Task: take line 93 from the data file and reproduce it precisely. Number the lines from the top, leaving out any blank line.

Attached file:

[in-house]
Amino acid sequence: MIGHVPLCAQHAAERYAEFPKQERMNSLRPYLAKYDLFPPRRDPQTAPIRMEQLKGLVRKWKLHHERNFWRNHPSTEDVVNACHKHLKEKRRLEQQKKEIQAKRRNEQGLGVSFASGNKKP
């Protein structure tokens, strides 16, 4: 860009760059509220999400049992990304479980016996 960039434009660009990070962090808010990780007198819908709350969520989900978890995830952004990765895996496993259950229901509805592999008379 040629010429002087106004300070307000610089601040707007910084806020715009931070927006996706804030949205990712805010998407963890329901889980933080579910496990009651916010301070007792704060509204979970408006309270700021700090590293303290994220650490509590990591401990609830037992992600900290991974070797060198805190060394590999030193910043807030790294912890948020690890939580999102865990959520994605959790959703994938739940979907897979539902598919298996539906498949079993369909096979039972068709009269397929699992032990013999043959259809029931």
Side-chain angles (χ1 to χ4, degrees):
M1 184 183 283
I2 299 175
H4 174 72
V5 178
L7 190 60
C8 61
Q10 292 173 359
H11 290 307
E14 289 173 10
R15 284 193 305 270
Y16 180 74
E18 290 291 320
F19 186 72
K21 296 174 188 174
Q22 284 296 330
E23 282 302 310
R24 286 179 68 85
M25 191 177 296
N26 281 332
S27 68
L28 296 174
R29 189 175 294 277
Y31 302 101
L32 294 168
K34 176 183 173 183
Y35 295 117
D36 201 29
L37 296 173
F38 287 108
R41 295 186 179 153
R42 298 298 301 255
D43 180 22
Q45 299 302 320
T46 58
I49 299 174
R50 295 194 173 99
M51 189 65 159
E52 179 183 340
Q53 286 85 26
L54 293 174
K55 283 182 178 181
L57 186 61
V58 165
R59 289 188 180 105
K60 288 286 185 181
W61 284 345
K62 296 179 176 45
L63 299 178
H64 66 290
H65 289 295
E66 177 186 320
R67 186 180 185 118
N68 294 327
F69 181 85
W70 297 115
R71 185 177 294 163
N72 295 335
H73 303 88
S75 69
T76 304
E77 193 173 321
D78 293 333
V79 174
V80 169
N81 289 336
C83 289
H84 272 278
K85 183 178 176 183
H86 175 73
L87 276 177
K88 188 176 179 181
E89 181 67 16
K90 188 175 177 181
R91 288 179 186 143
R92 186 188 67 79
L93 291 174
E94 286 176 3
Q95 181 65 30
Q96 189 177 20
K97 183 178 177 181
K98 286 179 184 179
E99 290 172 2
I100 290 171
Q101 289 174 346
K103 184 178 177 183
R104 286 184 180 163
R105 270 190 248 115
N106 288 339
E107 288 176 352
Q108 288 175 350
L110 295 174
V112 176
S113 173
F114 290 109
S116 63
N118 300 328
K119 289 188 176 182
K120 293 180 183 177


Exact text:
E107 288 176 352